All writers know it's difficult convincing others that you can write. Every big name from Ernest Hemingway to Aaron Sorkin was repeatedly turned down at their beginnings, earning far more rejection slips than offers to option their material.
In later life, many authors of note wear those rejections as a badge of honor, proof that they prevailed and overcame their detractors, confirming the entertainment industry rule that "Nobody Knows Anything".
Most screenwriters will also not enjoy the breakout success of a first script. And even the writers of "Rocky" or "Thelma and Louise" eventually acknowledge that maybe they weren't really concocted in a week of frenzied creativity or preceded by a drawer full of stuff nobody else ever saw.
There are even writers who won Pulitzers, Tonys or Academy Awards who never sold another original piece. Many had lucrative careers rewriting and revising the work of others or by being rewritten or revised themselves. But no single line credit with their name on it ever reappeared.
A degree of success does not also guarantee a career.The membership rolls of every guild and union of scribes are littered with the names of those who captured lightning in a bottle only once or twice, renewing their memberships for decades thereafter without ever being hired again.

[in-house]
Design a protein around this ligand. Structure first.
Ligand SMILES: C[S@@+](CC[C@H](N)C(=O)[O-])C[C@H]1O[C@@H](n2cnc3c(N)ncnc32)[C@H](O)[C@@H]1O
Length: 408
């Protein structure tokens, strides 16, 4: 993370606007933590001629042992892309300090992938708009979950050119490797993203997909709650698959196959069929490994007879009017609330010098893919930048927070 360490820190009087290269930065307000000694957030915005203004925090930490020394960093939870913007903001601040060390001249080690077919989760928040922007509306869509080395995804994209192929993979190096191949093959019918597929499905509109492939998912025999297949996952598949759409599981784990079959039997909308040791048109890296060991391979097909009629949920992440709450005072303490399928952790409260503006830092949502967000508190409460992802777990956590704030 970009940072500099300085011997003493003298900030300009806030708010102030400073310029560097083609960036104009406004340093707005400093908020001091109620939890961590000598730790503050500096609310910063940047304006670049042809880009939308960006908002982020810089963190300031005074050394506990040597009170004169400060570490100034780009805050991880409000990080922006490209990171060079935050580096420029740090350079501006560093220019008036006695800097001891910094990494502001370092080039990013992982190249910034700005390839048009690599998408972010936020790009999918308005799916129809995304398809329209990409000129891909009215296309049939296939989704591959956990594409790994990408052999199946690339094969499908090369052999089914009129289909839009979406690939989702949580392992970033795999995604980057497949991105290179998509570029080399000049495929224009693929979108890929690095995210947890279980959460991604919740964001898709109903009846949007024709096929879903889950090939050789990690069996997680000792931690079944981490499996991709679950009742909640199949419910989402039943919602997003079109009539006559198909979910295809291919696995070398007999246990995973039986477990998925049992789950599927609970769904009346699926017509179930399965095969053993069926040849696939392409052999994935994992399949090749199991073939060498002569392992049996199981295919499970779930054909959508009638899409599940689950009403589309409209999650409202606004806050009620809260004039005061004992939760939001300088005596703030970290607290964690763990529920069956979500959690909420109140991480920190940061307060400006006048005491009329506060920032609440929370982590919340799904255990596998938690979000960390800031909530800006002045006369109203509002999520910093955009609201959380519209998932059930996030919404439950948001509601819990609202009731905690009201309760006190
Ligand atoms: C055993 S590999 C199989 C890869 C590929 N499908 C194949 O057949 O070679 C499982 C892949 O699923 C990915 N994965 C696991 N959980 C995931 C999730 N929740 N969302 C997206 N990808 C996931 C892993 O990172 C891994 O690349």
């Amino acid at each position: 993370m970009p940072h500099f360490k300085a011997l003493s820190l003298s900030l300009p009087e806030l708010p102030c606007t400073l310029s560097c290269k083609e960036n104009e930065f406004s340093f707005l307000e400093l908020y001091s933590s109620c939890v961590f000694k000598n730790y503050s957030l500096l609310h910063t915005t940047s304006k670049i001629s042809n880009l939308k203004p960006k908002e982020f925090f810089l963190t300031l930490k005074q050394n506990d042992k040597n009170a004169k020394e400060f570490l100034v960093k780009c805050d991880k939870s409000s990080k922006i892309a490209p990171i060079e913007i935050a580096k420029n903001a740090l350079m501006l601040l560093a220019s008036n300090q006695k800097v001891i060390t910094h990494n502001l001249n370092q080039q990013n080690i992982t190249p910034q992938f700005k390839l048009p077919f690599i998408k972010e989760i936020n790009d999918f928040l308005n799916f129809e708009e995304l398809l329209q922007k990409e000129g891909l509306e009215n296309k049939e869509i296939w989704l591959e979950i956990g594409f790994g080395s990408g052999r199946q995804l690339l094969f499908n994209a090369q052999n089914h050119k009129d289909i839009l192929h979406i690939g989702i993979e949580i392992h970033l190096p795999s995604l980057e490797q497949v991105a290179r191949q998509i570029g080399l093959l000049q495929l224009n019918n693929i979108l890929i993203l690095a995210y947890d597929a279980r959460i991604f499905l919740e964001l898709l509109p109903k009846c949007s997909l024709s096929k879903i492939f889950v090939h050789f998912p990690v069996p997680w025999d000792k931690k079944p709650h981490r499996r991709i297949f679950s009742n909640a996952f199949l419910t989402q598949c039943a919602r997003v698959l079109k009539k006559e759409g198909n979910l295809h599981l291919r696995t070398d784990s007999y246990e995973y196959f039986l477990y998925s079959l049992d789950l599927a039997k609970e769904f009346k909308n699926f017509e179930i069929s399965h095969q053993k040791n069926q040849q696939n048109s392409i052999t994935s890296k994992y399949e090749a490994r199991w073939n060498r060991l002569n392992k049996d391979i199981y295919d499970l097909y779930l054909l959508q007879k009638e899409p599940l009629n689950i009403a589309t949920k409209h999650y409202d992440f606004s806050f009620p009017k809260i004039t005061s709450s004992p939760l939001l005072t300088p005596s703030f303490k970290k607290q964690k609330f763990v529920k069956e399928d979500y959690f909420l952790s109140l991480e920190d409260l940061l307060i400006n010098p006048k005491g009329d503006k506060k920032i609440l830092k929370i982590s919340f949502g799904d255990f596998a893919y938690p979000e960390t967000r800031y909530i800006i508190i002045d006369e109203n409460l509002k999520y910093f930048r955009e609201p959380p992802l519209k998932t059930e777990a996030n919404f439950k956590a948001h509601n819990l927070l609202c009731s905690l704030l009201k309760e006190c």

Some of that's just Life. Shit happens. The puck doesn't bounce your way. Scholars have spent lifetimes trying to understand how Harper Lee could write "To Kill A Mockingbird" and never pull anything of note out of her typewriter again.
Less erudite Canadian screenwriters sit in smoky bars, confused at why the incredible talents responsible for "Corner Gas" just haven't been as funny elsewhere.
Does some of the pressure to repeat and three-peat bring about self imposed failure? Perhaps.
But no writer who has achieved even minor success ever sits down at their laptop thinking they have to immediately swing for the fences. They know their craft and that there are steps they must go through to write the next one, many far more plodding and difficult than just stepping up to the plate and waving a hot bat around.
I've often wondered if it's not the writers but we who set their bar too high. Did Harper Lee read those initial reviews of her first novel and mutter, "Fuck, the only place you go from here is down! I better learn to live on my royalties."?